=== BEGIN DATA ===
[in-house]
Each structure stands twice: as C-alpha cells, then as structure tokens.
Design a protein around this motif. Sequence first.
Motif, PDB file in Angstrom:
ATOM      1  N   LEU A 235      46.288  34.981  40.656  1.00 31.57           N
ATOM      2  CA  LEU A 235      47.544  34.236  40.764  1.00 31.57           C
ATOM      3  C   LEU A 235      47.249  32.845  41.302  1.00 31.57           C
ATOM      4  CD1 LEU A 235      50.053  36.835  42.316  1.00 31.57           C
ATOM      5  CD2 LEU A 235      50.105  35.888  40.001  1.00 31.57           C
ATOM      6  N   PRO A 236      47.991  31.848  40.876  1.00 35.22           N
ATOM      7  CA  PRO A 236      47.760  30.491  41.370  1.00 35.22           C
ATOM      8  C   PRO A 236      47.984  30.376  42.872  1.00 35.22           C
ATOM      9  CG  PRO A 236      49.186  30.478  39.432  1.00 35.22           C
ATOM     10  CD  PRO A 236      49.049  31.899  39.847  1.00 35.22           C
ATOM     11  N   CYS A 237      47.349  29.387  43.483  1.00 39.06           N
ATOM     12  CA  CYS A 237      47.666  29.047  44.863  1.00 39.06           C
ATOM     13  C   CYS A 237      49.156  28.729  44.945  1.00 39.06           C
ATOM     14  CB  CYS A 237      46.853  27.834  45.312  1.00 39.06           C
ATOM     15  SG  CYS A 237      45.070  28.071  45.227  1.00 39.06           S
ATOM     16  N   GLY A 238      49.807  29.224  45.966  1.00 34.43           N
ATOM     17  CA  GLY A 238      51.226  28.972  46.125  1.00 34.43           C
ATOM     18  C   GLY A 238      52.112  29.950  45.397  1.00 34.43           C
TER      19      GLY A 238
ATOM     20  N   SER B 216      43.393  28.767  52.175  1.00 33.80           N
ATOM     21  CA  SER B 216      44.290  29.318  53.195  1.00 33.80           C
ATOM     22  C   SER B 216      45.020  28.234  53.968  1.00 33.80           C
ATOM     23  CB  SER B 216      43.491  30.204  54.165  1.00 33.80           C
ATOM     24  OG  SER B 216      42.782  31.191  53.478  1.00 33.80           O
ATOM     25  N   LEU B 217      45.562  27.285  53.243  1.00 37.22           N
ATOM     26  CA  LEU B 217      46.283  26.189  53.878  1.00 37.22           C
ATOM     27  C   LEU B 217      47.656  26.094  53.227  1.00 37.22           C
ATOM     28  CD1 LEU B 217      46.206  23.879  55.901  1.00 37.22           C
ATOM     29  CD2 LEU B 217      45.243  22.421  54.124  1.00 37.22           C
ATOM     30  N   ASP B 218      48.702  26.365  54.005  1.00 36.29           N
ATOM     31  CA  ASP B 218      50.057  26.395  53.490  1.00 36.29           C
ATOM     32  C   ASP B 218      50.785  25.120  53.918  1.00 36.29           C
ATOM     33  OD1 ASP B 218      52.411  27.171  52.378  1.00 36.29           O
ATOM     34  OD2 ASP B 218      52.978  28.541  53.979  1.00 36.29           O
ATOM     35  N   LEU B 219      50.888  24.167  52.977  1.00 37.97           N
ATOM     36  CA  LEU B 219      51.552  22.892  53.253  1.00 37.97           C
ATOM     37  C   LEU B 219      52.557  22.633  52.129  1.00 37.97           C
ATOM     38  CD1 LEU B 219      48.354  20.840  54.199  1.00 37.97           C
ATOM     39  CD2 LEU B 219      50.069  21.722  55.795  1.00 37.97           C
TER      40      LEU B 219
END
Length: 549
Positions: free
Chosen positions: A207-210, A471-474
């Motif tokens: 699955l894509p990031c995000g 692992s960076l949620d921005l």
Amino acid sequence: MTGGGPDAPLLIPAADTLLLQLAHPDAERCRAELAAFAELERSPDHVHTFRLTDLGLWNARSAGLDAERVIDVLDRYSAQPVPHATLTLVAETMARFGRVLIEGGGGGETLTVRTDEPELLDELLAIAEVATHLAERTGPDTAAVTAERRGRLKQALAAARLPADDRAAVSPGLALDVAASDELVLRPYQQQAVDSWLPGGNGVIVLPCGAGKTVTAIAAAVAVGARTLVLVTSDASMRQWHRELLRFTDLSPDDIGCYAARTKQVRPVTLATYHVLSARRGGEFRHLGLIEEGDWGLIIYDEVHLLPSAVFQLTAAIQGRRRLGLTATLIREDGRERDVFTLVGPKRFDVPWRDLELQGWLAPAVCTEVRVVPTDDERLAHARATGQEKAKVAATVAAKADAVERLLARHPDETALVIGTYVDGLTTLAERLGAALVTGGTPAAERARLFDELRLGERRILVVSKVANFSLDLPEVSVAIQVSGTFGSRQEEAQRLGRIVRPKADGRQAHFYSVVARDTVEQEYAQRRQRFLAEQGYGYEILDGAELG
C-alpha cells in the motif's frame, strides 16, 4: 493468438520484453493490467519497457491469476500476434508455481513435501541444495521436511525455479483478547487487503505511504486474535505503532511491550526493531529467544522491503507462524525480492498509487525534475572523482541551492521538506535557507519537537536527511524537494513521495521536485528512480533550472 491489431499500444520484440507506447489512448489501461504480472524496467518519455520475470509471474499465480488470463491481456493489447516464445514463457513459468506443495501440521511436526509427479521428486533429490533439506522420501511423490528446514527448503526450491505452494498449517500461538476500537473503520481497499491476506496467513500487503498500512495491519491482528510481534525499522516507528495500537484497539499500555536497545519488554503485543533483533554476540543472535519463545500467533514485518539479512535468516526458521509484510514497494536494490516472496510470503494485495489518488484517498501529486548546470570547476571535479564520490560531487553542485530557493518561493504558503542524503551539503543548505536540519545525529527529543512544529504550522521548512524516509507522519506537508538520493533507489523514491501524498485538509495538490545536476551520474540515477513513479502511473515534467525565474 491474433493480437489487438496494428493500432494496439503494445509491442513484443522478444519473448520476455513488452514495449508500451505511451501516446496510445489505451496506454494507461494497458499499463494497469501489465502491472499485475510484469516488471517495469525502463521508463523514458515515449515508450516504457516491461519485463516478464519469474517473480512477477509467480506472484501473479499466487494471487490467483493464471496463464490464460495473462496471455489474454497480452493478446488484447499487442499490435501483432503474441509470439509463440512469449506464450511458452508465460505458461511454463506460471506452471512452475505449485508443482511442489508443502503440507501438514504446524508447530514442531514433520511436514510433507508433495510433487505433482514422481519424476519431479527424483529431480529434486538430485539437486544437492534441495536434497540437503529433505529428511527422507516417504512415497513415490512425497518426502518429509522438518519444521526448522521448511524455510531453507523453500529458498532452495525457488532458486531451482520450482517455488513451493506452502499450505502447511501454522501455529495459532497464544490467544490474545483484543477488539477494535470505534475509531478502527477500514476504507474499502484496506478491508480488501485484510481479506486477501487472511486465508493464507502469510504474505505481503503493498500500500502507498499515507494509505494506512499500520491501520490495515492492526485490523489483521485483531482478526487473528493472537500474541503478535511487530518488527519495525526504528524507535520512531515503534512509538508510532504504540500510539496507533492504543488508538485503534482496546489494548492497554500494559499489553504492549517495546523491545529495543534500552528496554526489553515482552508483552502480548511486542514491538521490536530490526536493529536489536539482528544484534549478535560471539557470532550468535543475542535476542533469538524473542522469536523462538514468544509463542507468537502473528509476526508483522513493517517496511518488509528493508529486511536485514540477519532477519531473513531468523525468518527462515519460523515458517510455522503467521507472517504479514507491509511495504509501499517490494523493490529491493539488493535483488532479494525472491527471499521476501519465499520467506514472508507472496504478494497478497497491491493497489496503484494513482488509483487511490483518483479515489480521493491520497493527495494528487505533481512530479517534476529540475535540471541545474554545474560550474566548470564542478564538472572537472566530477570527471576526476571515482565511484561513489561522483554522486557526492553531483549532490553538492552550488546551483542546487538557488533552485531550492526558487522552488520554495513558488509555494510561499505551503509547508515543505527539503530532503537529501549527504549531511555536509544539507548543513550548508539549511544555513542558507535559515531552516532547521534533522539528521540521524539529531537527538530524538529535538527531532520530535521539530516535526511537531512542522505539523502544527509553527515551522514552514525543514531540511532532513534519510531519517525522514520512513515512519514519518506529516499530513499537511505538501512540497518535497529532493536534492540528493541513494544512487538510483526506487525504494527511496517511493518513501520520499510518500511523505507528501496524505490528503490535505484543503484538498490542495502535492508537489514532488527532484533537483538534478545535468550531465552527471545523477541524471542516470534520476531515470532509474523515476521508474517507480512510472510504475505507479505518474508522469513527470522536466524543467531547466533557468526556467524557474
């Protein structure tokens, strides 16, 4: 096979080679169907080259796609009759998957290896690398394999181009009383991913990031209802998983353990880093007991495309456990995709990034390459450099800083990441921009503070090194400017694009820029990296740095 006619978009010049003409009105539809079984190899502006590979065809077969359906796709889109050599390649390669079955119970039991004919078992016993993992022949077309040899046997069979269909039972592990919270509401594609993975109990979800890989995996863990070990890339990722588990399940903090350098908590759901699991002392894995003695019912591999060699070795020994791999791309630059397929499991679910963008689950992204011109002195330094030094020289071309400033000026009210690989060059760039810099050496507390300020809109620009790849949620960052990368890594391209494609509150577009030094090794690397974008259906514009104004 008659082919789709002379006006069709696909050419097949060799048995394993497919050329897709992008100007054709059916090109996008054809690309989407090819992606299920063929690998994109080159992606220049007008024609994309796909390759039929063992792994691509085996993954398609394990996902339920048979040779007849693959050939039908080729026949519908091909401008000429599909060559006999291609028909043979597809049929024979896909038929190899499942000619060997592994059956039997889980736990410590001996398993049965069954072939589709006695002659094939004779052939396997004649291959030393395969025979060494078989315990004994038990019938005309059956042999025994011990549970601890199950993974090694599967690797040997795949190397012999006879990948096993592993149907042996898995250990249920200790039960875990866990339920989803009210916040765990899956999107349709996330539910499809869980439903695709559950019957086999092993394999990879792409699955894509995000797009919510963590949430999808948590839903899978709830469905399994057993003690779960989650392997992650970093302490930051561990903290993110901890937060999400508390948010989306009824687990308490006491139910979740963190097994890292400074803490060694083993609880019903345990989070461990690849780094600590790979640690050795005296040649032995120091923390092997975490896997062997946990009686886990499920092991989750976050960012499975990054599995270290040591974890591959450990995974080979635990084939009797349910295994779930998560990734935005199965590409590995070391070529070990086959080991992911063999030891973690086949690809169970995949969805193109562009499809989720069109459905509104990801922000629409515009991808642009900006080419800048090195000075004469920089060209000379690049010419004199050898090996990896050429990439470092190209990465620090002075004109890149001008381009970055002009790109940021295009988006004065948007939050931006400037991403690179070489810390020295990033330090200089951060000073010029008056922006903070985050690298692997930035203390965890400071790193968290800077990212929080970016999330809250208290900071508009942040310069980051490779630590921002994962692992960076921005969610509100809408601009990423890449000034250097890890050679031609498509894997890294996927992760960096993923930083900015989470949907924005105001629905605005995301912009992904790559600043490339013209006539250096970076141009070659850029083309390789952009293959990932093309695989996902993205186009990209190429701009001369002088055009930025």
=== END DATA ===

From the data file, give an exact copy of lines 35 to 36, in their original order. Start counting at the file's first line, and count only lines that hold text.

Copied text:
ATOM     31  CA  ASP B 218      50.057  26.395  53.490  1.00 36.29           C
ATOM     32  C   ASP B 218      50.785  25.120  53.918  1.00 36.29           C